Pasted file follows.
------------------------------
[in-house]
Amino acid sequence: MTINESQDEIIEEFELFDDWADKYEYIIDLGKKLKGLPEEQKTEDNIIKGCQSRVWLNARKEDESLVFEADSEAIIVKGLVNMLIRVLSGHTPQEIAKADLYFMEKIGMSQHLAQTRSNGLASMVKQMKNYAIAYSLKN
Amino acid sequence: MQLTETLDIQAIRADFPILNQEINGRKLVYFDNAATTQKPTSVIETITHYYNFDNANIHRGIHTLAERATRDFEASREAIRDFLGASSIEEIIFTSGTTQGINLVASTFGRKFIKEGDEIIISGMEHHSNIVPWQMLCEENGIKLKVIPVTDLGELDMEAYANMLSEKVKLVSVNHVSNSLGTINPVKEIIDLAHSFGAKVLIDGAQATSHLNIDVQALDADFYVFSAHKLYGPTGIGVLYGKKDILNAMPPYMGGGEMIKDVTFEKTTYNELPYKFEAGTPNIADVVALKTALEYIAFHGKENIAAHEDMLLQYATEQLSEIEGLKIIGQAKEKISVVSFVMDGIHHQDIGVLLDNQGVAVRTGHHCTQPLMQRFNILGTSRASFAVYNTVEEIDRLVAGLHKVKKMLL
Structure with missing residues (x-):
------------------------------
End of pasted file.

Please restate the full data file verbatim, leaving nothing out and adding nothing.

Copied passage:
[in-house]
Amino acid sequence: MTINESQDEIIEEFELFDDWADKYEYIIDLGKKLKGLPEEQKTEDNIIKGCQSRVWLNARKEDESLVFEADSEAIIVKGLVNMLIRVLSGHTPQEIAKADLYFMEKIGMSQHLAQTRSNGLASMVKQMKNYAIAYSLKN
Amino acid sequence: MQLTETLDIQAIRADFPILNQEINGRKLVYFDNAATTQKPTSVIETITHYYNFDNANIHRGIHTLAERATRDFEASREAIRDFLGASSIEEIIFTSGTTQGINLVASTFGRKFIKEGDEIIISGMEHHSNIVPWQMLCEENGIKLKVIPVTDLGELDMEAYANMLSEKVKLVSVNHVSNSLGTINPVKEIIDLAHSFGAKVLIDGAQATSHLNIDVQALDADFYVFSAHKLYGPTGIGVLYGKKDILNAMPPYMGGGEMIKDVTFEKTTYNELPYKFEAGTPNIADVVALKTALEYIAFHGKENIAAHEDMLLQYATEQLSEIEGLKIIGQAKEKISVVSFVMDGIHHQDIGVLLDNQGVAVRTGHHCTQPLMQRFNILGTSRASFAVYNTVEEIDRLVAGLHKVKKMLL
Structure with missing residues (x-):